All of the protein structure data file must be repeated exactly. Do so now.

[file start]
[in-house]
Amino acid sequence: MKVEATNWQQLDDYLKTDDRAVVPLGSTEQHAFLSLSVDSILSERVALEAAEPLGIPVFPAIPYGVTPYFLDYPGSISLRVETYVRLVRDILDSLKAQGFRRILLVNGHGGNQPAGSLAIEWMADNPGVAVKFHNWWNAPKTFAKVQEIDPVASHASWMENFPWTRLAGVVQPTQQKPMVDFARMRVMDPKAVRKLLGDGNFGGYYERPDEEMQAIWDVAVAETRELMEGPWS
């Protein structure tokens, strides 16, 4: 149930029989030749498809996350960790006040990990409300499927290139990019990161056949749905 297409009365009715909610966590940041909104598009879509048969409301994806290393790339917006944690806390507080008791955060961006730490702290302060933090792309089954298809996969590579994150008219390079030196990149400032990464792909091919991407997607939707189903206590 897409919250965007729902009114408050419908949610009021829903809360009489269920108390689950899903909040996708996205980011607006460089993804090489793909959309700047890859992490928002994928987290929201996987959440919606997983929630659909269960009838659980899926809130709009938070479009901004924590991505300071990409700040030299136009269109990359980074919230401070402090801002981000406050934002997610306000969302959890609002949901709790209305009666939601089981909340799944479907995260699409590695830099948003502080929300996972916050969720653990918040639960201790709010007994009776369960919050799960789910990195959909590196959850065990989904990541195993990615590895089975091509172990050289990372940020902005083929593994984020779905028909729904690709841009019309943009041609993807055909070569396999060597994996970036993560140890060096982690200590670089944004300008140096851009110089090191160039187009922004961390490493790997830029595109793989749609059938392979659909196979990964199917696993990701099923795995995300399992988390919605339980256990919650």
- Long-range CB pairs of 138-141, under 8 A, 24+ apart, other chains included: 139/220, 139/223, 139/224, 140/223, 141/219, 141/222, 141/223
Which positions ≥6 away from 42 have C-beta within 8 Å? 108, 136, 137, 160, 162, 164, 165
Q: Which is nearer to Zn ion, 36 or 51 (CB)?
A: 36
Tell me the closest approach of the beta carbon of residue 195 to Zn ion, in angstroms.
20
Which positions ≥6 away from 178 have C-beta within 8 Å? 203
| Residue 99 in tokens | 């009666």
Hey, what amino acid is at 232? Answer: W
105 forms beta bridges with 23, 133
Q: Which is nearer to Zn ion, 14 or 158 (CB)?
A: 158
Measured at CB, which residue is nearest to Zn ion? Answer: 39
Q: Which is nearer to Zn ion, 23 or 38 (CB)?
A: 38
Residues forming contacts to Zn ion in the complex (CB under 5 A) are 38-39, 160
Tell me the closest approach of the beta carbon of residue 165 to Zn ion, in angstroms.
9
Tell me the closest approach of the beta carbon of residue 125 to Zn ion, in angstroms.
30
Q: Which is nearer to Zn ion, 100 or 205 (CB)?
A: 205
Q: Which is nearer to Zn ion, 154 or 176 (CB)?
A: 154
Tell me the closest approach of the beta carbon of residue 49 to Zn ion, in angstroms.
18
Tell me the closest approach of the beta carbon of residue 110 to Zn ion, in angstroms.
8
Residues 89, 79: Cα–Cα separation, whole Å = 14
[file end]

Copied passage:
[in-house]
Amino acid sequence: MKVEATNWQQLDDYLKTDDRAVVPLGSTEQHAFLSLSVDSILSERVALEAAEPLGIPVFPAIPYGVTPYFLDYPGSISLRVETYVRLVRDILDSLKAQGFRRILLVNGHGGNQPAGSLAIEWMADNPGVAVKFHNWWNAPKTFAKVQEIDPVASHASWMENFPWTRLAGVVQPTQQKPMVDFARMRVMDPKAVRKLLGDGNFGGYYERPDEEMQAIWDVAVAETRELMEGPWS
């Protein structure tokens, strides 16, 4: 149930029989030749498809996350960790006040990990409300499927290139990019990161056949749905 297409009365009715909610966590940041909104598009879509048969409301994806290393790339917006944690806390507080008791955060961006730490702290302060933090792309089954298809996969590579994150008219390079030196990149400032990464792909091919991407997607939707189903206590 897409919250965007729902009114408050419908949610009021829903809360009489269920108390689950899903909040996708996205980011607006460089993804090489793909959309700047890859992490928002994928987290929201996987959440919606997983929630659909269960009838659980899926809130709009938070479009901004924590991505300071990409700040030299136009269109990359980074919230401070402090801002981000406050934002997610306000969302959890609002949901709790209305009666939601089981909340799944479907995260699409590695830099948003502080929300996972916050969720653990918040639960201790709010007994009776369960919050799960789910990195959909590196959850065990989904990541195993990615590895089975091509172990050289990372940020902005083929593994984020779905028909729904690709841009019309943009041609993807055909070569396999060597994996970036993560140890060096982690200590670089944004300008140096851009110089090191160039187009922004961390490493790997830029595109793989749609059938392979659909196979990964199917696993990701099923795995995300399992988390919605339980256990919650």
- Long-range CB pairs of 138-141, under 8 A, 24+ apart, other chains included: 139/220, 139/223, 139/224, 140/223, 141/219, 141/222, 141/223
Which positions ≥6 away from 42 have C-beta within 8 Å? 108, 136, 137, 160, 162, 164, 165
Q: Which is nearer to Zn ion, 36 or 51 (CB)?
A: 36
Tell me the closest approach of the beta carbon of residue 195 to Zn ion, in angstroms.
20
Which positions ≥6 away from 178 have C-beta within 8 Å? 203
| Residue 99 in tokens | 């009666």
Hey, what amino acid is at 232? Answer: W
105 forms beta bridges with 23, 133
Q: Which is nearer to Zn ion, 14 or 158 (CB)?
A: 158
Measured at CB, which residue is nearest to Zn ion? Answer: 39
Q: Which is nearer to Zn ion, 23 or 38 (CB)?
A: 38
Residues forming contacts to Zn ion in the complex (CB under 5 A) are 38-39, 160
Tell me the closest approach of the beta carbon of residue 165 to Zn ion, in angstroms.
9
Tell me the closest approach of the beta carbon of residue 125 to Zn ion, in angstroms.
30
Q: Which is nearer to Zn ion, 100 or 205 (CB)?
A: 205
Q: Which is nearer to Zn ion, 154 or 176 (CB)?
A: 154
Tell me the closest approach of the beta carbon of residue 49 to Zn ion, in angstroms.
18
Tell me the closest approach of the beta carbon of residue 110 to Zn ion, in angstroms.
8
Residues 89, 79: Cα–Cα separation, whole Å = 14